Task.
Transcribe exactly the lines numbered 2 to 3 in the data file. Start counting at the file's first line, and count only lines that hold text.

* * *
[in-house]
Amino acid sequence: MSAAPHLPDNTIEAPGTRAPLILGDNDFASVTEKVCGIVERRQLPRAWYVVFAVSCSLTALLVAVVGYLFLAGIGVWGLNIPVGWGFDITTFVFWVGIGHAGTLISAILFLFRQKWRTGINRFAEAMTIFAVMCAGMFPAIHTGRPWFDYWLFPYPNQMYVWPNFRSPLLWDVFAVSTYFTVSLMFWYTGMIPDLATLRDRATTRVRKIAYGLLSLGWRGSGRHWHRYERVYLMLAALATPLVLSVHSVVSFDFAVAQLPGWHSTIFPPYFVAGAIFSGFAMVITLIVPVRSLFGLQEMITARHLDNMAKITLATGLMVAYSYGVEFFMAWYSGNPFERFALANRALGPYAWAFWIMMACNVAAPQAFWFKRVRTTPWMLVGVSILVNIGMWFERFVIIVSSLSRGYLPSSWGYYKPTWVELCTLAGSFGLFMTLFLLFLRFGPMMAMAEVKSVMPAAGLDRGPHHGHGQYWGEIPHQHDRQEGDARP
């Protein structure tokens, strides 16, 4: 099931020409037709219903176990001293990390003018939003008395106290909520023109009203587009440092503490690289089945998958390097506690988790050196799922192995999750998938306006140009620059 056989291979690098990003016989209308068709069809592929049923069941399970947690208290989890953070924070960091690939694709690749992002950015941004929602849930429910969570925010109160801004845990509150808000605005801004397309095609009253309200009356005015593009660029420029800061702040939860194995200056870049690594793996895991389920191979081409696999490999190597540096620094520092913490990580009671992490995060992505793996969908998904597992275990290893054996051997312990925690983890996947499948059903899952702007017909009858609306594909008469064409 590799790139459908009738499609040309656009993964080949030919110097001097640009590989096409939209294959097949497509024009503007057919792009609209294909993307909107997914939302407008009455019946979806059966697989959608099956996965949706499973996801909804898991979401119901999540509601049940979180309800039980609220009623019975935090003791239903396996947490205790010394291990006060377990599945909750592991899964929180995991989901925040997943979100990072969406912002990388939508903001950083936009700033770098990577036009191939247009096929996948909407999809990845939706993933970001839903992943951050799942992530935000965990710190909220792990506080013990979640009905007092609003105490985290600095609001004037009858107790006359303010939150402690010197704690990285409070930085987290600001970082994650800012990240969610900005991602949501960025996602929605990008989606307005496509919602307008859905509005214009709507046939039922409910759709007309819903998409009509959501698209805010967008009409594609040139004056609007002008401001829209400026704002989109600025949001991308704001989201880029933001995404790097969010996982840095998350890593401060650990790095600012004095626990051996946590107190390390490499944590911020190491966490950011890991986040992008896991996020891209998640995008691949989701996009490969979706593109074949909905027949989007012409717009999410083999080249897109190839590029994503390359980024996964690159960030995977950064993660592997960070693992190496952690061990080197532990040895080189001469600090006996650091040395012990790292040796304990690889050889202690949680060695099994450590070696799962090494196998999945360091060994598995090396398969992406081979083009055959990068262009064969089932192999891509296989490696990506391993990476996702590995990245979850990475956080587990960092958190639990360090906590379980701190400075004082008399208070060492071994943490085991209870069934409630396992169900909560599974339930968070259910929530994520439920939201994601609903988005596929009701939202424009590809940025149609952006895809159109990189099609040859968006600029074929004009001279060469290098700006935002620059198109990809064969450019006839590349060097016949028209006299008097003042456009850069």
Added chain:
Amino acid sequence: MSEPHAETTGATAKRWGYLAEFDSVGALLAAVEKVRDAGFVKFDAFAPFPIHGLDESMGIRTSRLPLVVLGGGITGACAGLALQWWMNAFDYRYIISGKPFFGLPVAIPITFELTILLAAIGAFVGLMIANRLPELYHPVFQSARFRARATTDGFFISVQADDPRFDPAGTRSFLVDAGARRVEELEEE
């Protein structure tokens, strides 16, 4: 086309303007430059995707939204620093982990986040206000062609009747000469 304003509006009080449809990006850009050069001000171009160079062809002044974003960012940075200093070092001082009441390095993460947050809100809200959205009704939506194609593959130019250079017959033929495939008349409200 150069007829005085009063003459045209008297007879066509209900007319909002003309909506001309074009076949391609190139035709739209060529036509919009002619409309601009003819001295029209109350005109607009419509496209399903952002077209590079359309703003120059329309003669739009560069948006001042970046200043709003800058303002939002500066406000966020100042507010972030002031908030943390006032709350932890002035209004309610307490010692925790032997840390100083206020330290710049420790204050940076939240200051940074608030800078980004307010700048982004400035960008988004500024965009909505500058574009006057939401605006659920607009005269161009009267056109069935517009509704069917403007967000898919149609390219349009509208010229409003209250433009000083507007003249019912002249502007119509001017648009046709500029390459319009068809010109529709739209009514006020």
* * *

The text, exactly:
Amino acid sequence: MSAAPHLPDNTIEAPGTRAPLILGDNDFASVTEKVCGIVERRQLPRAWYVVFAVSCSLTALLVAVVGYLFLAGIGVWGLNIPVGWGFDITTFVFWVGIGHAGTLISAILFLFRQKWRTGINRFAEAMTIFAVMCAGMFPAIHTGRPWFDYWLFPYPNQMYVWPNFRSPLLWDVFAVSTYFTVSLMFWYTGMIPDLATLRDRATTRVRKIAYGLLSLGWRGSGRHWHRYERVYLMLAALATPLVLSVHSVVSFDFAVAQLPGWHSTIFPPYFVAGAIFSGFAMVITLIVPVRSLFGLQEMITARHLDNMAKITLATGLMVAYSYGVEFFMAWYSGNPFERFALANRALGPYAWAFWIMMACNVAAPQAFWFKRVRTTPWMLVGVSILVNIGMWFERFVIIVSSLSRGYLPSSWGYYKPTWVELCTLAGSFGLFMTLFLLFLRFGPMMAMAEVKSVMPAAGLDRGPHHGHGQYWGEIPHQHDRQEGDARP
């Protein structure tokens, strides 16, 4: 099931020409037709219903176990001293990390003018939003008395106290909520023109009203587009440092503490690289089945998958390097506690988790050196799922192995999750998938306006140009620059 056989291979690098990003016989209308068709069809592929049923069941399970947690208290989890953070924070960091690939694709690749992002950015941004929602849930429910969570925010109160801004845990509150808000605005801004397309095609009253309200009356005015593009660029420029800061702040939860194995200056870049690594793996895991389920191979081409696999490999190597540096620094520092913490990580009671992490995060992505793996969908998904597992275990290893054996051997312990925690983890996947499948059903899952702007017909009858609306594909008469064409 590799790139459908009738499609040309656009993964080949030919110097001097640009590989096409939209294959097949497509024009503007057919792009609209294909993307909107997914939302407008009455019946979806059966697989959608099956996965949706499973996801909804898991979401119901999540509601049940979180309800039980609220009623019975935090003791239903396996947490205790010394291990006060377990599945909750592991899964929180995991989901925040997943979100990072969406912002990388939508903001950083936009700033770098990577036009191939247009096929996948909407999809990845939706993933970001839903992943951050799942992530935000965990710190909220792990506080013990979640009905007092609003105490985290600095609001004037009858107790006359303010939150402690010197704690990285409070930085987290600001970082994650800012990240969610900005991602949501960025996602929605990008989606307005496509919602307008859905509005214009709507046939039922409910759709007309819903998409009509959501698209805010967008009409594609040139004056609007002008401001829209400026704002989109600025949001991308704001989201880029933001995404790097969010996982840095998350890593401060650990790095600012004095626990051996946590107190390390490499944590911020190491966490950011890991986040992008896991996020891209998640995008691949989701996009490969979706593109074949909905027949989007012409717009999410083999080249897109190839590029994503390359980024996964690159960030995977950064993660592997960070693992190496952690061990080197532990040895080189001469600090006996650091040395012990790292040796304990690889050889202690949680060695099994450590070696799962090494196998999945360091060994598995090396398969992406081979083009055959990068262009064969089932192999891509296989490696990506391993990476996702590995990245979850990475956080587990960092958190639990360090906590379980701190400075004082008399208070060492071994943490085991209870069934409630396992169900909560599974339930968070259910929530994520439920939201994601609903988005596929009701939202424009590809940025149609952006895809159109990189099609040859968006600029074929004009001279060469290098700006935002620059198109990809064969450019006839590349060097016949028209006299008097003042456009850069």